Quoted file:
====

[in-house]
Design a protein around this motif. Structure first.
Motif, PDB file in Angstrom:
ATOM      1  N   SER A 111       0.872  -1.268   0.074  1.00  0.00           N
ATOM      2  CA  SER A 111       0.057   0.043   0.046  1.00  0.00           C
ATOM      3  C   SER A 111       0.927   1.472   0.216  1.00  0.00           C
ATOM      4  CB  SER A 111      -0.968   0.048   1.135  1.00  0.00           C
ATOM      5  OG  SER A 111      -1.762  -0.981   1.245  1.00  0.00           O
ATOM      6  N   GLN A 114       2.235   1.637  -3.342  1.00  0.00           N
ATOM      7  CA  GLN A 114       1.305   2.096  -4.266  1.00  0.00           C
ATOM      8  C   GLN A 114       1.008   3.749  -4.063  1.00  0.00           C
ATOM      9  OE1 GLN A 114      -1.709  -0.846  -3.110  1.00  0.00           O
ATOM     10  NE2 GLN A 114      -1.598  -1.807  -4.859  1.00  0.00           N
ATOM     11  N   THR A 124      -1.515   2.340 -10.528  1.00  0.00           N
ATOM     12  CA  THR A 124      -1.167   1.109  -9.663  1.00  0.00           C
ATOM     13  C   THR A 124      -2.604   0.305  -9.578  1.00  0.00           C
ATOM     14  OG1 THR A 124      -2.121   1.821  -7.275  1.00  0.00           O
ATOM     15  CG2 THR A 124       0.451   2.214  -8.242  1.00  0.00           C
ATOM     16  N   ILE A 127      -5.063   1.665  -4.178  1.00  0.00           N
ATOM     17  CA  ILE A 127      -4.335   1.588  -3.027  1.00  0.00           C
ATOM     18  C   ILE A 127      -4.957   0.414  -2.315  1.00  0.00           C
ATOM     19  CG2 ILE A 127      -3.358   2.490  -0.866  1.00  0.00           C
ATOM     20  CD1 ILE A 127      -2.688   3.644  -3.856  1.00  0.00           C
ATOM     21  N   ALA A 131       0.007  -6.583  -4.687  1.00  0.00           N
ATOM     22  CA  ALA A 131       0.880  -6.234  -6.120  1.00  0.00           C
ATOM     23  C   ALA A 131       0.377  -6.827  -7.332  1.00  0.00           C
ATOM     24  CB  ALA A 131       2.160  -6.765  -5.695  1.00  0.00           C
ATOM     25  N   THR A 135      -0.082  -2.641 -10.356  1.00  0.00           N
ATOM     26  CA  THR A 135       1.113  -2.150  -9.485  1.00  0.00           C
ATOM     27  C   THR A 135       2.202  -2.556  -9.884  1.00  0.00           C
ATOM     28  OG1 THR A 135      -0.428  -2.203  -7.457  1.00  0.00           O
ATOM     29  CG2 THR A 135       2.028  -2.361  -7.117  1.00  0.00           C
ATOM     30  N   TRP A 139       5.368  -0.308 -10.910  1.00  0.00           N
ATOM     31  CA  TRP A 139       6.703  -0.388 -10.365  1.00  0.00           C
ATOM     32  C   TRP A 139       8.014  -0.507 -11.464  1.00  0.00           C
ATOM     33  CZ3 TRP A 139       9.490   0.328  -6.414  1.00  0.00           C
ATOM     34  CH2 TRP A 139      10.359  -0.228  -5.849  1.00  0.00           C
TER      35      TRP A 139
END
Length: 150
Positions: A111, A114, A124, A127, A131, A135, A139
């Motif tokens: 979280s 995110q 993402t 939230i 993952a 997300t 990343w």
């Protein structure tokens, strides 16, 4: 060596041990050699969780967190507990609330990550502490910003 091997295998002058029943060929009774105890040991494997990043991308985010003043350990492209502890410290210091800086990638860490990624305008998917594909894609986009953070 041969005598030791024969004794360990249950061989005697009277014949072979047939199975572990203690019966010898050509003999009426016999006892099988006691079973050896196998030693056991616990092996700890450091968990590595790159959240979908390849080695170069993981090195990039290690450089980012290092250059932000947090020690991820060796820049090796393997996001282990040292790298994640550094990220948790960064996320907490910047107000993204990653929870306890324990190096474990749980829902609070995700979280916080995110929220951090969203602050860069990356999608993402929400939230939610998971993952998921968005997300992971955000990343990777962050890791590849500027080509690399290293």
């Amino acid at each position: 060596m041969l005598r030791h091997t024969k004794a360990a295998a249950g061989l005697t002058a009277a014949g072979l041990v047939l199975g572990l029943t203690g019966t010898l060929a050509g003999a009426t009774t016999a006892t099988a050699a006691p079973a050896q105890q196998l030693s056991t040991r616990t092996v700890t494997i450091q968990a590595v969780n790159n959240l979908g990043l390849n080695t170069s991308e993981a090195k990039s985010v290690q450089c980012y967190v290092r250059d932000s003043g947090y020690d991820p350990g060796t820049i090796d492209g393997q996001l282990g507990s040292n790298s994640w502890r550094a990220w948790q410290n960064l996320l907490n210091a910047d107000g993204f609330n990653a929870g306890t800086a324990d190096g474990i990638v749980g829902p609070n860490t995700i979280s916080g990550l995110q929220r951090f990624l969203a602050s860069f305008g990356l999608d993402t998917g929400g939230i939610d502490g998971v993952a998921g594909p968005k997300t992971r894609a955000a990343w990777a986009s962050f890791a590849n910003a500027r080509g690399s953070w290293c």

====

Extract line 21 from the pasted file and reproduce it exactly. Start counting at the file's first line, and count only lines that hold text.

ATOM     18  C   ILE A 127      -4.957   0.414  -2.315  1.00  0.00           C